More testimony alleges 1979 murder by girls from Ft. Peck 6-14-07

By MATT GOURAS
DEER LODGE, Mont. (AP) - Convicted murderer Barry Beach's claims of innocence were supported at a clemency hearing Thursday by two witnesses who linked the 1979 killing of Kim Nees on the Fort Peck Indian Reservation to a group of women.

Beach has served 20 years of a 100-year sentence for murdering Nees, 17. He says he didn't kill her and his confession to the crime was coerced.

A man testified he overheard a woman he worked with 20 years ago claim that she took part in the killing with two others. Then a woman told the Montana Board of Pardons and Parole that her sister-in-law recently told her she assisted in the crime.

Carl Four Star testified that he worked with a woman named Sissy Atkinson in the 1980s, shortly after Beach's 1984 conviction, and overheard Atkinson confess to the crime.

“She said that they got the wrong man, that Mr. Beach didn't have anything to do with it,” Four Star told the board. “She said herself, Rose and a person by the name of Maude were there and responsible for it.”

Four Star said Atkinson described bending over and hitting Nees.

“She looked at me and said, 'We got away with a perfect crime, a capital crime,”' Four Star said.

Atkinson denied Wednesday having any role in the murder.

She was backed up by one brother who was the acting police chief at the time of the killing - and disputed by another brother who has spent time in jail with Beach and believes Sissy Atkinson was involved.

Four Star said he did not come forward earlier with what he overhead because he does not trust tribal police on the reservation and he feared retribution.

“It's a different world on the reservation, sir,” Four Star said, explaining to a board member why he kept the information to himself other than telling a priest during confession once.

Later, Judy Grayhawk testified that her sister-in-law, Maude Grayhawk, telephoned her in 2004, saying she was trying to avoid investigators with Centurian Ministries, an innocence group advocating Beach's case. During the phone call, Maude Grayhawk said she was present during the killing.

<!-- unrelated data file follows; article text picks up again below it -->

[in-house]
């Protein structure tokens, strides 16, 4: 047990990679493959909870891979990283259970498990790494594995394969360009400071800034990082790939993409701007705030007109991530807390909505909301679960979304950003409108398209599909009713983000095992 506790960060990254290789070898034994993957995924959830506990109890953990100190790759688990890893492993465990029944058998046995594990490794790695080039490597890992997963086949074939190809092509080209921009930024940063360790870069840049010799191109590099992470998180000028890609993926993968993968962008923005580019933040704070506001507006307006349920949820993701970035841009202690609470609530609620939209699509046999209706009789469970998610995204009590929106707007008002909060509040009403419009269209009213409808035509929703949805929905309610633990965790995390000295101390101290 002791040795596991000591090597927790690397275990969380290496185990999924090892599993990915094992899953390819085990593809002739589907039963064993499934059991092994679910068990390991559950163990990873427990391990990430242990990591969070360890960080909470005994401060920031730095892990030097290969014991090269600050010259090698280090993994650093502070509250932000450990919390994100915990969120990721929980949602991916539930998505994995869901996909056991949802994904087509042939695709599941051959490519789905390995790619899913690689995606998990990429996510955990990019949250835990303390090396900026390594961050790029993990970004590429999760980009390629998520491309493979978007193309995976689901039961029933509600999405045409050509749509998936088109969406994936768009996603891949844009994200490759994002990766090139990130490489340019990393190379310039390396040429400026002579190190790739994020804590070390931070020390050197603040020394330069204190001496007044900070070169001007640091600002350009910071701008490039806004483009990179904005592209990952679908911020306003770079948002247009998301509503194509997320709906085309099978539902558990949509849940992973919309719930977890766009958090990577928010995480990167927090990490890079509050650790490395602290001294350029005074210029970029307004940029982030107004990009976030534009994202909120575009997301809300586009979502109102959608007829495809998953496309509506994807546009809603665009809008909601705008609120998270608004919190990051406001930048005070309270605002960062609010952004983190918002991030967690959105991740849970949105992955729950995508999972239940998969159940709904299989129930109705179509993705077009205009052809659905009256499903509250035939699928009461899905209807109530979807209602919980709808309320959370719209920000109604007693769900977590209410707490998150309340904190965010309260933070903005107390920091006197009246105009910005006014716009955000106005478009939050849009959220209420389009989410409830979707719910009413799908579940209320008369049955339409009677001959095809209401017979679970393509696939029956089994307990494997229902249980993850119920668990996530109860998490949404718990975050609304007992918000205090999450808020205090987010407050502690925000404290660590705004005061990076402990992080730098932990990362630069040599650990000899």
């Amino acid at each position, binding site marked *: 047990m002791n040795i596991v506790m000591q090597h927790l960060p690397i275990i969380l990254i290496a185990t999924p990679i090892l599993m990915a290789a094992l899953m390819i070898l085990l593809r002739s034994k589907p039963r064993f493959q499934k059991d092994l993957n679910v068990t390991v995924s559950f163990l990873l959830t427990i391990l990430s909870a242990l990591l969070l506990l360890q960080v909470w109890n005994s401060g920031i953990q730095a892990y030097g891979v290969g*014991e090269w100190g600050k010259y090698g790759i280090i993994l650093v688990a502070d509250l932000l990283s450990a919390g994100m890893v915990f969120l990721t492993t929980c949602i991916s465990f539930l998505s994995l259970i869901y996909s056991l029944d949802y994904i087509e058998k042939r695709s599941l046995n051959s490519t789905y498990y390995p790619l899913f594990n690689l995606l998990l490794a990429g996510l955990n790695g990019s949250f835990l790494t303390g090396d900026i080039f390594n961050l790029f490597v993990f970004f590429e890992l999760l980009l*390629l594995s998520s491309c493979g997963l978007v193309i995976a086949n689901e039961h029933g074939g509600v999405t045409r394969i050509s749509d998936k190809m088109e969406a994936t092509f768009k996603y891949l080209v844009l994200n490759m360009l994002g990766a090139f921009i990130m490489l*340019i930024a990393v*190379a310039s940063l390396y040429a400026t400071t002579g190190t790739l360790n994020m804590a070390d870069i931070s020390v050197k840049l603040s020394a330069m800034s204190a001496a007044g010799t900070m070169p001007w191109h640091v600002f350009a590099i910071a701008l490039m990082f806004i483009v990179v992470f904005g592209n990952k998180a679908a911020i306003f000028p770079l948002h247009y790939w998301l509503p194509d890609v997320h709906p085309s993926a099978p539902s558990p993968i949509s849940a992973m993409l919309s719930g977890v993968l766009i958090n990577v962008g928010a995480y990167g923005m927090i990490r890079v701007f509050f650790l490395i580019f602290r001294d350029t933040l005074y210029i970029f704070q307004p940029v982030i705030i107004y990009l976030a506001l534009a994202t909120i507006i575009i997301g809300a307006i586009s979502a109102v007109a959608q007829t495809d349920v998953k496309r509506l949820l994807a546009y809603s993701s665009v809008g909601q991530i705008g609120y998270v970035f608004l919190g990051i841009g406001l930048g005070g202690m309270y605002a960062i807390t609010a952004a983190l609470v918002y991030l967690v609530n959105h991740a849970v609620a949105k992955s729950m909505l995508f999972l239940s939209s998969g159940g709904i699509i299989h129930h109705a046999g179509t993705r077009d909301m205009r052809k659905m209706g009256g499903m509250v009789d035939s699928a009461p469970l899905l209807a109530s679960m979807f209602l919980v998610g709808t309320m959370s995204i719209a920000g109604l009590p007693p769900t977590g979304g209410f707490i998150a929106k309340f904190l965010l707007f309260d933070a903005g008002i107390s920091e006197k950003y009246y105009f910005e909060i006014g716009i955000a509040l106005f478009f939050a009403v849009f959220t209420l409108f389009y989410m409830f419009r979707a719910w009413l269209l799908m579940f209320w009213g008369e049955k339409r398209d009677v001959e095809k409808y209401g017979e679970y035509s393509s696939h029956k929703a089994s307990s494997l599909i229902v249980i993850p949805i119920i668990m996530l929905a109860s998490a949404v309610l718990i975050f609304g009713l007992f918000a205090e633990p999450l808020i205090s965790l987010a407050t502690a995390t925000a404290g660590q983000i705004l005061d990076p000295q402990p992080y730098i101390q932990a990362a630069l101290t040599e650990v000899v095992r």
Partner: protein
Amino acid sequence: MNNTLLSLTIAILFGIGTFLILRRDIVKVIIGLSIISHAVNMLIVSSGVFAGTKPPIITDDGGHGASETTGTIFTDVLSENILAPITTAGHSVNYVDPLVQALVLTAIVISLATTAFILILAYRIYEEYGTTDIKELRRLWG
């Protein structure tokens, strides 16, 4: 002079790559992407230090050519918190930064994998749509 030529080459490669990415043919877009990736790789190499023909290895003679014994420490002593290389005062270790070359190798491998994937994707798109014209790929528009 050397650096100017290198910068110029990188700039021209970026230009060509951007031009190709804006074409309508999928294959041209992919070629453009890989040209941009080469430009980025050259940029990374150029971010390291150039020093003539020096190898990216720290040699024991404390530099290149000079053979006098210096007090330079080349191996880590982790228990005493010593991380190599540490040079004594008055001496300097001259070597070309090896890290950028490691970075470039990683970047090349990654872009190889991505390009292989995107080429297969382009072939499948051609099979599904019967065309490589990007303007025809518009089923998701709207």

“She said, 'All I did was kick her in the head a few times,”' Judy Grayhawk said. “It really upset me. It blew my mind.”

Judy Grayhawk said she told a cousin of Nees' right afterward, to get the information off her chest. The cousin then tipped Centurion Ministries investigators.

Prosecutors pointed out Thursday that Beach never could provide an alibi for the night of the murder. He also had a violent outburst earlier the day of the murder, testimony revealed.

Original investigators said they suspected Beach from the beginning and administered a lie-detector test that showed he either knew more about the crime or was involved. They believe that Nees's injuries were not consistent with a gang attack, the theory advanced by Beach's lawyer.

Peter Camiel, Beach's lawyer, challenged the testimony.

“In this case, Barry Beach's case, you have no eyewitness evidence to corroborate the confession or any physical evidence to corroborate the confession,” Camiel said.

Camiel also produced documents showing the sheriff's office originally tried using a psychic to solve the crime and hypnotized at least four witnesses. Without solid evidence, Beach was not arrested until he confessed four years later in Louisiana, after being picked up for another crime.

Prosecutors pointed out there is no physical evidence supporting any of the theories offered by Centurion Ministries. And none of the people the group says could be the real killers have confessed - while Beach has, said Assistant Attorney Tammy Plubell.
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